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A Little Poisoning Along the Road to ME/CFS
Looking at my symptoms, many of which are far less these days and some are gone, it would be easy to figure that I'd just been dealing with some heavy-duty menopausal issues.
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Positive Psychology in Cancer Care: Bad Science, Exaggerated Claims, and Unproven Medicine

Discussion in 'Other Health News and Research' started by Snow Leopard, Sep 3, 2012.

  1. Snow Leopard

    Snow Leopard Senior Member

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    I came across this study and found it interesting. The authors suggest that a focus on patient attitudes in medical practise is mostly based on wishful thinking and other biases, rather than any actual basis.

    Abstract:

    Background

    Claims of positive psychology about people with cancer enjoy great popularity because they seem to offer scientific confirmation of strongly held cultural beliefs and values.
    Purpose

    Our goal is to examine critically four widely accepted claims in the positive psychology literature regarding adaptational outcomes among individuals living with cancer.
    Methods

    We examine: (1) the role of positive factors, such as a “fighting spirit” in extending the life of persons with cancer; (2) effects of interventions cultivating positive psychological states on immune functioning and cancer progression and mortality; and evidence concerning (3) benefit finding and (4) post-traumatic growth following serious illness such as cancer and other highly threatening experiences.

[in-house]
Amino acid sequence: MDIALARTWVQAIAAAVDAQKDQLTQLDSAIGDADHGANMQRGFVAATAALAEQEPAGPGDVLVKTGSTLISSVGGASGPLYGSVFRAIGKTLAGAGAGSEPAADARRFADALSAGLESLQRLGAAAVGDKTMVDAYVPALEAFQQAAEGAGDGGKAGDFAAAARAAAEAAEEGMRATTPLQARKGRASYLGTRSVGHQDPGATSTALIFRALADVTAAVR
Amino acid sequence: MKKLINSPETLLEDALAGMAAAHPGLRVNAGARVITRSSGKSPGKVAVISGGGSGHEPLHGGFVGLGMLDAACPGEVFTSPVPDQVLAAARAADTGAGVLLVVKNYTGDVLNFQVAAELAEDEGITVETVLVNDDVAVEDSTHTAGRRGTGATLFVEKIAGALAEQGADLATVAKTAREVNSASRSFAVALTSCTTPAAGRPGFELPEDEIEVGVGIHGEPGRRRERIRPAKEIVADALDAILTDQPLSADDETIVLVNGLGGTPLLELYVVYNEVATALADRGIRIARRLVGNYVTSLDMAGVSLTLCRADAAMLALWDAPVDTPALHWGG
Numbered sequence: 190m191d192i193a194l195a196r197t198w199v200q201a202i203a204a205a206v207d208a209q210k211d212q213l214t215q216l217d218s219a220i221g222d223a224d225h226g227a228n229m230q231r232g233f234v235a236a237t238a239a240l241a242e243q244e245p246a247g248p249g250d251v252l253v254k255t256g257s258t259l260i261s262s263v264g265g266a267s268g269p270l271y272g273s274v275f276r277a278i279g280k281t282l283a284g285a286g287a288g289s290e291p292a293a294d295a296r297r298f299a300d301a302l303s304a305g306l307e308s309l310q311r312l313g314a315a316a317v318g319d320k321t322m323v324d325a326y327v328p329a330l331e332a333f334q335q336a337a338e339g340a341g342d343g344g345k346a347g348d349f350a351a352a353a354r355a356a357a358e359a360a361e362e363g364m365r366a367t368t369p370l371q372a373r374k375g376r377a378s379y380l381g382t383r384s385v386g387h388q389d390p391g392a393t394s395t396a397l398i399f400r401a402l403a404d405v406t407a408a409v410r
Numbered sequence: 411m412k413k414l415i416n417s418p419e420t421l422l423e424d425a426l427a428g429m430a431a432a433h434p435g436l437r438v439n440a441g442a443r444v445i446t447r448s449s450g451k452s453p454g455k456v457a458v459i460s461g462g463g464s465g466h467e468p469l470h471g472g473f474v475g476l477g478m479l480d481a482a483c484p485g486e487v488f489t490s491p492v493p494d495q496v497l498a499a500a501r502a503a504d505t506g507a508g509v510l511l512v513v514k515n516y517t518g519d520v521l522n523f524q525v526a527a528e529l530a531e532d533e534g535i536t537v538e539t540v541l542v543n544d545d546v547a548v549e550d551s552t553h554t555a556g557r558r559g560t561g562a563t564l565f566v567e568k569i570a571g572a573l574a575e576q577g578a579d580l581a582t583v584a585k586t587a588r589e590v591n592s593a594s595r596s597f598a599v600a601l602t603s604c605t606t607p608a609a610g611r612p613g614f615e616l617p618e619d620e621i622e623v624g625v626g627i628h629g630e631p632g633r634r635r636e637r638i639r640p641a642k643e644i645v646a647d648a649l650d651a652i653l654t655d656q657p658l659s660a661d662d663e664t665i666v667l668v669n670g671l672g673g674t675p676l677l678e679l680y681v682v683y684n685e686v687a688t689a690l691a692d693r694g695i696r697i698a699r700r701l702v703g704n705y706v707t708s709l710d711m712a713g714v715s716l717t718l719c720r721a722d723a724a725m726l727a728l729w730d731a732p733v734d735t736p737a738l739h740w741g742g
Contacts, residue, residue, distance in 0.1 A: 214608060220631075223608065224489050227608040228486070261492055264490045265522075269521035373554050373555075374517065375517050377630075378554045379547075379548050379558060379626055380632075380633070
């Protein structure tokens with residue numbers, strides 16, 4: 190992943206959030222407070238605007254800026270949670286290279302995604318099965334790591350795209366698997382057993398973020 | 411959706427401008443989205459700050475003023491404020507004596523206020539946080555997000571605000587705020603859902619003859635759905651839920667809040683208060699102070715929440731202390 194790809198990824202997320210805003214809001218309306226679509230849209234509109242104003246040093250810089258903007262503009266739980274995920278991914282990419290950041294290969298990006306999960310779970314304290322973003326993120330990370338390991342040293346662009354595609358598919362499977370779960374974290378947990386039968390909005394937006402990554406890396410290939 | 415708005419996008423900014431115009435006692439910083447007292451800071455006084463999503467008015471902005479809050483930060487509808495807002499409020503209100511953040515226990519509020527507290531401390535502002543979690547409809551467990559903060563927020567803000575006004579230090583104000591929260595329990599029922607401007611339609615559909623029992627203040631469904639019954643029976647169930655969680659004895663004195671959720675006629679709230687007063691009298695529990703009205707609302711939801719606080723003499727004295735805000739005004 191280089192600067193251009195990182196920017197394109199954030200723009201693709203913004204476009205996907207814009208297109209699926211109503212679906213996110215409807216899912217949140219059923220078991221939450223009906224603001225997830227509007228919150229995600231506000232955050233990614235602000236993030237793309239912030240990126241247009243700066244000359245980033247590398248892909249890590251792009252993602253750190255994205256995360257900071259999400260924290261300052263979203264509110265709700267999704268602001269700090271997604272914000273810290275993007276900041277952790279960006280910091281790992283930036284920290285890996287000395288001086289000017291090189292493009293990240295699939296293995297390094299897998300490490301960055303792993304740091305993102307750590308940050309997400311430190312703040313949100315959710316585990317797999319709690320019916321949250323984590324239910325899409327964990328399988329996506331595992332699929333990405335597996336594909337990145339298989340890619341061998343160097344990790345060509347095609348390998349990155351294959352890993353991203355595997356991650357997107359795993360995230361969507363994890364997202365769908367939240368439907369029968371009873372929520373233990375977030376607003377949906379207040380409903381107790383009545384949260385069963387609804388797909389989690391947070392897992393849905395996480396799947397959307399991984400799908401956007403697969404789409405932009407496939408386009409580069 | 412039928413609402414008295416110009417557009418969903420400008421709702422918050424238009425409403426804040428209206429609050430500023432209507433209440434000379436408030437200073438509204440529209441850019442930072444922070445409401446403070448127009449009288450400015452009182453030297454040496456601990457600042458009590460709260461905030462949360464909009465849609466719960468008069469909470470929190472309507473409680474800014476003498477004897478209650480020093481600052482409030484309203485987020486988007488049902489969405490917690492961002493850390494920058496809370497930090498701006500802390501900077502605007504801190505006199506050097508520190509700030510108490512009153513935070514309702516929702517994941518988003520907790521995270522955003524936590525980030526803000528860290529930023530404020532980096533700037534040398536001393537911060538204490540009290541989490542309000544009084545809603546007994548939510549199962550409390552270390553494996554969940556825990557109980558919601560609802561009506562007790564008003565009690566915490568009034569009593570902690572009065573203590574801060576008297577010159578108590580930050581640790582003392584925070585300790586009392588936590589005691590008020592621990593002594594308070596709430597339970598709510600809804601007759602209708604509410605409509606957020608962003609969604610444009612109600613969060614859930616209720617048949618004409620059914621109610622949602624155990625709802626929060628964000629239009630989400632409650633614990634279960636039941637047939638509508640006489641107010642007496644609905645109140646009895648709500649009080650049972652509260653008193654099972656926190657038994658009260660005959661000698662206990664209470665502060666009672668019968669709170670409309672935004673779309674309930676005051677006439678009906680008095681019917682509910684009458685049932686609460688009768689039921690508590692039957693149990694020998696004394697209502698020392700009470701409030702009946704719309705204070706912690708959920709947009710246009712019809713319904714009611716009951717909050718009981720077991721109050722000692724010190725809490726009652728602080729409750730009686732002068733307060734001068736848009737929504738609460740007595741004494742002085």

Results

    Claims about these areas of research routinely made in the positive psychology literature do not fit with available evidence. We note in particular the incoherence of claims about the adaptational value of benefit finding and post-traumatic growth among cancer patients, and the implausibility of claims that interventions that enhance benefit finding improve the prognosis of cancer patients by strengthening the immune system.
    Conclusion

    We urge positive psychologists to rededicate themselves to a positive psychology based on scientific evidence rather than wishful thinking.

    Open access:
    http://www.ncbi.nlm.nih.gov/pmc/articles/PMC2858800/
     
    SOC, L'engle, Tito and 4 others like this.

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